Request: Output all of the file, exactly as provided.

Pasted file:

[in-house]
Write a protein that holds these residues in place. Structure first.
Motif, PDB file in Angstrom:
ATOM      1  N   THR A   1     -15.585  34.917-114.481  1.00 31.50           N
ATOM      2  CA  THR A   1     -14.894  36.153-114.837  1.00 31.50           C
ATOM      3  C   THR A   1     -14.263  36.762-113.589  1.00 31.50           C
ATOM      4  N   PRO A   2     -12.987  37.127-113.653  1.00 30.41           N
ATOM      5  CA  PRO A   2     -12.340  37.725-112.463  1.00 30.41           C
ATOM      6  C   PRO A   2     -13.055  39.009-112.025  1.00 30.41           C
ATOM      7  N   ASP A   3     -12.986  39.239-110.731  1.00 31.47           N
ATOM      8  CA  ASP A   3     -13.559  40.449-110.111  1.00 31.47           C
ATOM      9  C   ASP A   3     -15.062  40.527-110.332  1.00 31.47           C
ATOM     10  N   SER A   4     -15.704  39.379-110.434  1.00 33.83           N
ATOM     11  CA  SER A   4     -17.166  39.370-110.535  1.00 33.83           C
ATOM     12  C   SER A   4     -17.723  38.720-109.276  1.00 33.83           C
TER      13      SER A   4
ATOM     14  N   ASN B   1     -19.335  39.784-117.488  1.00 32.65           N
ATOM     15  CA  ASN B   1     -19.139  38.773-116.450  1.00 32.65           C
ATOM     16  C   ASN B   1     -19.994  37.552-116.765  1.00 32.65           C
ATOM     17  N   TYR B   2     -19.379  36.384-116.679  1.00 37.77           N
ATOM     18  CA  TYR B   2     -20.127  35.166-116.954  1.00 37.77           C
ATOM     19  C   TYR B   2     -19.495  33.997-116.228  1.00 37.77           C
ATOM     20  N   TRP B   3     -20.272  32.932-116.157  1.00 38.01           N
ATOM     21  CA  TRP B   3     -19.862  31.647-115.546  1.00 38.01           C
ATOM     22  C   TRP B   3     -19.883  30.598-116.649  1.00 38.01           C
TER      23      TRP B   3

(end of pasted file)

[in-house]
Write a protein that holds these residues in place. Structure first.
Motif, PDB file in Angstrom:
ATOM      1  N   THR A   1     -15.585  34.917-114.481  1.00 31.50           N
ATOM      2  CA  THR A   1     -14.894  36.153-114.837  1.00 31.50           C
ATOM      3  C   THR A   1     -14.263  36.762-113.589  1.00 31.50           C
ATOM      4  N   PRO A   2     -12.987  37.127-113.653  1.00 30.41           N
ATOM      5  CA  PRO A   2     -12.340  37.725-112.463  1.00 30.41           C
ATOM      6  C   PRO A   2     -13.055  39.009-112.025  1.00 30.41           C
ATOM      7  N   ASP A   3     -12.986  39.239-110.731  1.00 31.47           N
ATOM      8  CA  ASP A   3     -13.559  40.449-110.111  1.00 31.47           C
ATOM      9  C   ASP A   3     -15.062  40.527-110.332  1.00 31.47           C
ATOM     10  N   SER A   4     -15.704  39.379-110.434  1.00 33.83           N
ATOM     11  CA  SER A   4     -17.166  39.370-110.535  1.00 33.83           C
ATOM     12  C   SER A   4     -17.723  38.720-109.276  1.00 33.83           C
TER      13      SER A   4
ATOM     14  N   ASN B   1     -19.335  39.784-117.488  1.00 32.65           N
ATOM     15  CA  ASN B   1     -19.139  38.773-116.450  1.00 32.65           C
ATOM     16  C   ASN B   1     -19.994  37.552-116.765  1.00 32.65           C
ATOM     17  N   TYR B   2     -19.379  36.384-116.679  1.00 37.77           N
ATOM     18  CA  TYR B   2     -20.127  35.166-116.954  1.00 37.77           C
ATOM     19  C   TYR B   2     -19.495  33.997-116.228  1.00 37.77           C
ATOM     20  N   TRP B   3     -20.272  32.932-116.157  1.00 38.01           N
ATOM     21  CA  TRP B   3     -19.862  31.647-115.546  1.00 38.01           C
ATOM     22  C   TRP B   3     -19.883  30.598-116.649  1.00 38.01           C
TER      23      TRP B   3